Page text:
Estate and Elder Law

Recent Posts

Attempted Disclosure of Confidential Financial Information
Posted on 3 Dec 2012 by Jennifer Hillman

Many estate litigators are familiar with the fight for disclosure of personal income tax returns or financial documents. Perhaps you have represented the beneficiary who insists upon the disclosure of a trustee's personal income tax returns because... Read More

Potential Pitfalls of an Out of State Executor: Keep New York Estate Assets in New York
Posted on 12 Jun 2013 by Jennifer Hillman

By Jennifer F. Hillman Pursuant to New York Surrogate Court Procedure Act ("SCPA") § 711, a fiduciary cannot remove property of an estate from New York without prior approval of the Court. A violation of this duty could lead to suspension... Read More

Modern Day Thorn Birds: Recent Case Concerns Proving Paternity of Non-Marital Children under the NY EPTL
Posted on 5 Apr 2012 by Jennifer Hillman

A recent article in the New York Daily News entitled Man Claiming to Be Son of Dead Brooklyn Priest Loses Battle for Piece of His Estate provided a sensational headline for an interesting scenario involving paternity and inheritance under the New... Read More

When To Object To Attorney-Fiduciary Commissions
Posted on 28 Aug 2015 by Jennifer Hillman

By Jennifer F. Hillman, Esq. In the past, I have written about the additional disclosures necessary when the nominated executor under a will is also the attorney-drafter (or an employee of that attorney). [i] If an attorney-executor fails to comply... Read More

NY EPTL 5-4.6 and Compromise Orders
Posted on 22 Jun 2012 by Jennifer Hillman

Settlement of a wrongful death action can pose a challenge for the decedent's attorney. Wrongful death actions are usually a two-step process. First, the trial court handles the wrongful death action itself, and then the Surrogate's Court, which... Read More

To The Victor Goes The Spoils: A Review of the Pro Tanto Rule
Posted on 4 Feb 2013 by Jennifer Hillman

What's fair is fair - or at least that's the concept behind the pro tanto rule wherein a surcharge against a fiduciary is limited to the interest of the objecting party and not the other beneficiaries who stood by and failed to act in their own... Read More

Digging A Little Deeper: Less Obvious Attesting Witness-Beneficiaries Find Their Bequest Void Under NY EPTL 3-3.2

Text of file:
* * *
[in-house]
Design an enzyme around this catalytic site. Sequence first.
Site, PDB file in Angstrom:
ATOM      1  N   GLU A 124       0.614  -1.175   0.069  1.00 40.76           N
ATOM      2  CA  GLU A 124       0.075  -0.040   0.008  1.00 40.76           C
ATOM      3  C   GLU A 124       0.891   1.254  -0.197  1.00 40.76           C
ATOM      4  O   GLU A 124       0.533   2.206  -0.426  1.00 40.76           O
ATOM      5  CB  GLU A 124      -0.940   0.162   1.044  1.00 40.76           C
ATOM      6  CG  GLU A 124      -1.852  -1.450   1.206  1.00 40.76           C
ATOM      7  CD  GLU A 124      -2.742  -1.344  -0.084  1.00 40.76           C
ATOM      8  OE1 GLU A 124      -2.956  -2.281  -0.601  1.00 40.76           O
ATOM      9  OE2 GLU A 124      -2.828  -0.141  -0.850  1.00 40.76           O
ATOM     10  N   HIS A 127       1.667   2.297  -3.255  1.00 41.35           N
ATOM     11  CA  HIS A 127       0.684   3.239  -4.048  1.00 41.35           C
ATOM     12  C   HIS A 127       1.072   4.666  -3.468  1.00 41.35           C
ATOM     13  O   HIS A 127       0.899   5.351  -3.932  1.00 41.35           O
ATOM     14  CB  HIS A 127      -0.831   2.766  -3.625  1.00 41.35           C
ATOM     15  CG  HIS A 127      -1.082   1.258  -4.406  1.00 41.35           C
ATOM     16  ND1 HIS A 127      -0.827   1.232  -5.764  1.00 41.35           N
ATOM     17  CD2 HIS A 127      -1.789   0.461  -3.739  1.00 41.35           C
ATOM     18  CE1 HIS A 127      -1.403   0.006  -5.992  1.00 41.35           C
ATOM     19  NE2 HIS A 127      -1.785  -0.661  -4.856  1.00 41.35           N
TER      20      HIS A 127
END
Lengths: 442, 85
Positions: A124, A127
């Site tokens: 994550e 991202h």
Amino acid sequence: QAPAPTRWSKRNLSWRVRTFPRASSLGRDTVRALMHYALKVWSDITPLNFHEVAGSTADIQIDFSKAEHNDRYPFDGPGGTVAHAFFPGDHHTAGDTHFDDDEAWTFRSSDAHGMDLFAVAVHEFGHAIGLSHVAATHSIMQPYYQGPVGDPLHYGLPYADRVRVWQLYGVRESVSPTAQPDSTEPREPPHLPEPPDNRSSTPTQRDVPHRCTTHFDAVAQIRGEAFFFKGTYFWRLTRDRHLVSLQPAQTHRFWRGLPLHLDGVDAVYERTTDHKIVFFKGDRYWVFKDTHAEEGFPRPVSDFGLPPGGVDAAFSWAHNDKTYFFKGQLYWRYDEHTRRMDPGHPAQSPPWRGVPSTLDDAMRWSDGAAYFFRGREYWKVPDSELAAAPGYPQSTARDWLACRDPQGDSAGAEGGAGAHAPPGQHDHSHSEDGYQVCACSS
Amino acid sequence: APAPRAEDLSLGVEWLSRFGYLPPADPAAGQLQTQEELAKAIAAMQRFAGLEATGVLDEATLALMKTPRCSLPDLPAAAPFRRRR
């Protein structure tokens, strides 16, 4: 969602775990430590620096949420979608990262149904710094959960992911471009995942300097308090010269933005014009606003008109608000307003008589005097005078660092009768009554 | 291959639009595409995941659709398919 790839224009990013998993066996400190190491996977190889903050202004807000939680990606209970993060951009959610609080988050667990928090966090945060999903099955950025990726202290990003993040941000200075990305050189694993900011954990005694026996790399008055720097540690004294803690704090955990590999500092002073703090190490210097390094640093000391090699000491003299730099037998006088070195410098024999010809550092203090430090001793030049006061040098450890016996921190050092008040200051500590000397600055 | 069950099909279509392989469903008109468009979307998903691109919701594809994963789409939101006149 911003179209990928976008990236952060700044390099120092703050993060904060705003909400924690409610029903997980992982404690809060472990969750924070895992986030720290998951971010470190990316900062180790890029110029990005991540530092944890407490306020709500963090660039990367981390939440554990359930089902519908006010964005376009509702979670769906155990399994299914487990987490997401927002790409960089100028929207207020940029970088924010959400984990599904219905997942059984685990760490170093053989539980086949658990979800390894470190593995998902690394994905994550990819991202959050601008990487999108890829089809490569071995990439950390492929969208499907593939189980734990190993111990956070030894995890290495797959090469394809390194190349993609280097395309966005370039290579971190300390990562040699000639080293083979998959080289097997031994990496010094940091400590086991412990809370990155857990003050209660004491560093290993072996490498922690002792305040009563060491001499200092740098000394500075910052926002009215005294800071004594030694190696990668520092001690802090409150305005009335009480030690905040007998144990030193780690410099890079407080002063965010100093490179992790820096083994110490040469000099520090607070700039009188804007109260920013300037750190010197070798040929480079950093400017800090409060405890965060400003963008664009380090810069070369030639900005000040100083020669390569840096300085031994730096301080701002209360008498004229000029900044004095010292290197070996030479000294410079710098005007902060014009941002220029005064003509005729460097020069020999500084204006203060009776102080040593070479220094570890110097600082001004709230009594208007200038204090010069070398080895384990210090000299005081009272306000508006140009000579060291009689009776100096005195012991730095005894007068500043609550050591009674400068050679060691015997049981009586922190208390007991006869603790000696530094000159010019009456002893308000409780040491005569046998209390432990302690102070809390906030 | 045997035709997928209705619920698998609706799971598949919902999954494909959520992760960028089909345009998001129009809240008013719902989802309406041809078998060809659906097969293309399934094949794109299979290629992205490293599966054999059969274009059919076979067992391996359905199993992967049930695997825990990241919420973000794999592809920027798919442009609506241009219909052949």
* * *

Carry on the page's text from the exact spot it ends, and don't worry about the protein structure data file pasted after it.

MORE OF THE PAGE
Posted on 8 Feb 2013 by Jennifer Hillman

It is well-understood by estate practitioners that a beneficiary of an estate should not serve as an attesting witness to a will. If he does, he or she is a competent witness for purposes of probating the will, however, under EPTL 3-3.2 , the bequest... Read More

Effective Transfers to a Trust
Posted on 29 Aug 2012 by Jennifer Hillman

In New York, a lifetime trust shall be valid as to any assets that are effectively transferred to the trust. However, a transfer is not accomplished by a simple recital of assignment or a listing of an asset on Schedule A. Matter of Rothwell , 189... Read More

Jennifer F. Hillman: Inheritance Rights of Posthumously Conceived Children in New York State
Posted on 10 Jul 2014 by Jennifer Hillman

By: Jennifer F. Hillman, Esq. Medical technology continues to advance at a rapid pace. Since the first “test tube” baby was born on July 25, 1978, the field of artificial reproduction has blossomed. According to the United Stated Department... Read More

Tangible Personal Property: What Does it Encompass?
Posted on 12 Jan 2015 by Jennifer Hillman

By Jennifer F. Hillman The phrase “tangible personal property” is a term of art frequently utilized by estate practitioners when drafting documents. However, what is, and what is not tangible personal property is not always clear. A recent... Read More

New York Appellate Court Broadens the Powers of an Attorney-In-Fact
Posted on 25 Sep 2012 by Jennifer Hillman

By: Jennifer F. Hillman, Esq. A recent decision out of the New York Appellate Division Second Department broadened the range of powers enumerated to an attorney-in-fact to include the ability to amend a previously executed irrevocable inter vivos... Read More

The Often Misunderstood Rule Against Perpetuities
Posted on 24 Jul 2012 by Jennifer Hillman

By Jennifer F. Hillman, Esq. The Rule Against Perpetuities is an often misunderstood rule which strikes panic in the hearts of many law students and practitioners alike. Simply put, the rule limits the ability of owners to control future dispositions... Read More

Potential Pitfalls of Convenience Accounts
Posted on 24 Feb 2012 by Jennifer Hillman

By Jennifer F. Hillman * Convenience accounts are frequently utilized to assist the elderly or infirm with their financial obligations. The account holder will add an additional person to the account which gives them the ability to write checks... Read More

Making Your Mark: Using a Fingerprint When a Testator Cannot Sign the Will
Posted on 6 Feb 2014 by Jennifer Hillman

By Jennifer F. Hillman, Esq. We have all seen the movies where an illiterate individual signs an important document with an “X”. Even literate clients may have difficulty signing a document due to a severe physical impairment. Compliance... Read More

Must A Living Person Disclose Their Estate Plan: The Limits of NY CPLR § 4503
Posted on 6 Jan 2014 by Jennifer Hillman

By Jennifer F. Hillman, Esq. Most communications between an attorney and client are privileged pursuant to New York Civil Procedure Act (“CPLR”) § 4503. There is, however, a carve-out in proceedings concerning the probate, validity... Read More